Whatever your brand of fiber fancy– knitting, weaving, crochet or felting–mittens are small canvases for your creativity. Mittens can be bulky or refined and most knitting traditions have their own take on shapes, patterns and embellishments.
This year the Mid-Essex Guild’s holiday challenge is mitten making. I’ve only knit one pair so far, but I have done a bit of armchair traveling while browsing mitten patterns.I picked up The Mitten Book little volume of mitten patterns from Gotland, an island off the Swedish coast, home to the eponymous sheep. In its overview of knitting in Gotland and the wool trade is a description of typical Gotland mittens. The yarns were dyed with natural dyes and the traditional patterns took inspiration from nature heavily featuring ivy and wildflowers–columbine, clover, roses– as well as wheel motifs and birds.
Traditionally mittens were knitted with the date or the recipients name or initials on the cuff or body. Sometimes mittens featured collars that extended all the way to the elbow. Mittens were often felted to give them added firmness and durability.
This description tells a story of an everyday piece of winter clothing at once sturdy and practical but also carefully embellished and personalized. Their patterns and construction ties them to a place and time. You could say the same about mittens from other traditions–fair isle, Norwegian, Estonian, New England etc. Mittens are made to keep us warm, but mitten-making is a wholly creative undertaking.
I want to take a quick look at Maine mittens, before I get onto sharing a few of my favourite patterns and hopefully inspiring everyone to run off and make mittens.
In Fox & Geese & Fences, A Collection of Traditional Mains Mittens, author Robin Hansen observes that these days most mittens and winter clothes are made in countries where it is never cold enough to wear them:
“…the mittens are usually just silly, knit from brightly colored synthetic yarns, and so thin that one can see skin through the stitches. …for mittens, northern peoples must rely on their own traditions and products.”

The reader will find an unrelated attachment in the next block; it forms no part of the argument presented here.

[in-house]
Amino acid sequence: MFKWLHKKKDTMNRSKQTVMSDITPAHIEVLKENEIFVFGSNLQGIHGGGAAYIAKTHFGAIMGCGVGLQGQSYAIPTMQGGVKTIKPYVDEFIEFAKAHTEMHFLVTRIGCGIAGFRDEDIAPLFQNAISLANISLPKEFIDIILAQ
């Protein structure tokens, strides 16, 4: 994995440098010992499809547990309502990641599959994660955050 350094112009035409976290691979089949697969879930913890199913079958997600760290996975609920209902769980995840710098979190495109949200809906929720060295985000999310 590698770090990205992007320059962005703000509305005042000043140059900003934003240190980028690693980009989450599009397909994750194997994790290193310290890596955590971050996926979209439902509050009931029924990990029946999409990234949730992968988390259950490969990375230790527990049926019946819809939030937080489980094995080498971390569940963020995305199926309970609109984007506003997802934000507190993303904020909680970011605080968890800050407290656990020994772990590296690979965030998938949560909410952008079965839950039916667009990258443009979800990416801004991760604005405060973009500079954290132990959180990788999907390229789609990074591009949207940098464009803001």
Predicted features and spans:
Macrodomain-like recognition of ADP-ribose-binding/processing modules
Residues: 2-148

In Maine, writes Hansen, mittens are knit for density and thickness with good mobility. Mittens are knit fine and tight, felted, or using special stitches to increase thickness:
“Some Maine mittens are meant to be worn wet, soaked in salt water and wrung out before each wearing. Inland in Maine, mittens are knit with two strands of yarn in close all-over patterns reminiscent of the palm of a Norwegian mitten. … Another traditional Maine mitten is knit with bits of combed fleece tucked into the knit, creating a fluffy lining that changes to a thick, woolly mat with use.”
That’s one U.S. state with many mitten traditions. It turns out the fleece-stuffed (thrummed) mittens and caps are an import from Newfoundland and Labrador, which reminds us that when knitters travelled their patterns and techniques went with them. Here’s a how-to on Thrummed Mittens. There are some beautiful examples on Ravelry.
There are loads of patterns to choose from and I’ve put together a gallery of a few of my favourites on Ravelry. Amongst my very very favourites are the poetry mittens and the sheep mittens. I love anything with colour work and those poetry mittens, well how cool!
The ones I actually knit were the Jodis mittens from Rowan’s Nordic Knits. The pom-poms were a big attraction for me and I like the length on the cuff. This pattern has you knit the mittens flat, which works fine. But in future I think knitting in the round is better, because flat fair isle knitting is a drag. Spoiler alert–those are the ones I made for the Guild competition. Further spoiler alert, I don’t think I’m going to win. Not that I’m competitive.
I also made some little mittens out of some felted handwoven fabric following this tutorial. The instructions are for making mittens out of felted sweaters and use a thin fleece lining. If you’re using felted handwoven you might not bother with the lining. These were very easy to make. Definitely try out this pattern.
If I have time I may knit one more pair of mittens before the Christmas. If I do, it will probably be the Let it Snow pattern. I love those birds!